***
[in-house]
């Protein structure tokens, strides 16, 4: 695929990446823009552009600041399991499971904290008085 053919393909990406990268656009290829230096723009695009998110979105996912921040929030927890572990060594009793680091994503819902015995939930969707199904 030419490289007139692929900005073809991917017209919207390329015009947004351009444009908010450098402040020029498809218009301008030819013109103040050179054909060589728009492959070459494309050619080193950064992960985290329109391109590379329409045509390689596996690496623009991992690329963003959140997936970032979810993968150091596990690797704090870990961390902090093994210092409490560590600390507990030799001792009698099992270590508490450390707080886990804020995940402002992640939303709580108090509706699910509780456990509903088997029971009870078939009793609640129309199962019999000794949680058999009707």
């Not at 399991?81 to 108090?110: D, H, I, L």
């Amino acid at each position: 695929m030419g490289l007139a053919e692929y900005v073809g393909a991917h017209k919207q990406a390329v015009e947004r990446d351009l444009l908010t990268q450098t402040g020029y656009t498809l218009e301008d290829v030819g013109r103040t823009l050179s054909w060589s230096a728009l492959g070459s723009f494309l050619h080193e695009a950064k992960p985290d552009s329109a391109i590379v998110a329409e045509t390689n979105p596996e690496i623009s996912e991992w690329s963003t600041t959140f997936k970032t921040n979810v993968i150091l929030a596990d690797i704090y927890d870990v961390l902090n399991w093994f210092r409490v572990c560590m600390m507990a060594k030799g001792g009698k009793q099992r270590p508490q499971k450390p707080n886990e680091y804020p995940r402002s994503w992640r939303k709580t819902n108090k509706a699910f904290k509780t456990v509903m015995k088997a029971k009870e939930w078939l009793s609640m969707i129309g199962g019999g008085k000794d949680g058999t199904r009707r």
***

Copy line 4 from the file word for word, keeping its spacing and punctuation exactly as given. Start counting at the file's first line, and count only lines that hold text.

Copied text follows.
């Amino acid at each position: 695929m030419g490289l007139a053919e692929y900005v073809g393909a991917h017209k919207q990406a390329v015009e947004r990446d351009l444009l908010t990268q450098t402040g020029y656009t498809l218009e301008d290829v030819g013109r103040t823009l050179s054909w060589s230096a728009l492959g070459s723009f494309l050619h080193e695009a950064k992960p985290d552009s329109a391109i590379v998110a329409e045509t390689n979105p596996e690496i623009s996912e991992w690329s963003t600041t959140f997936k970032t921040n979810v993968i150091l929030a596990d690797i704090y927890d870990v961390l902090n399991w093994f210092r409490v572990c560590m600390m507990a060594k030799g001792g009698k009793q099992r270590p508490q499971k450390p707080n886990e680091y804020p995940r402002s994503w992640r939303k709580t819902n108090k509706a699910f904290k509780t456990v509903m015995k088997a029971k009870e939930w078939l009793s609640m969707i129309g199962g019999g008085k000794d949680g058999t199904r009707r």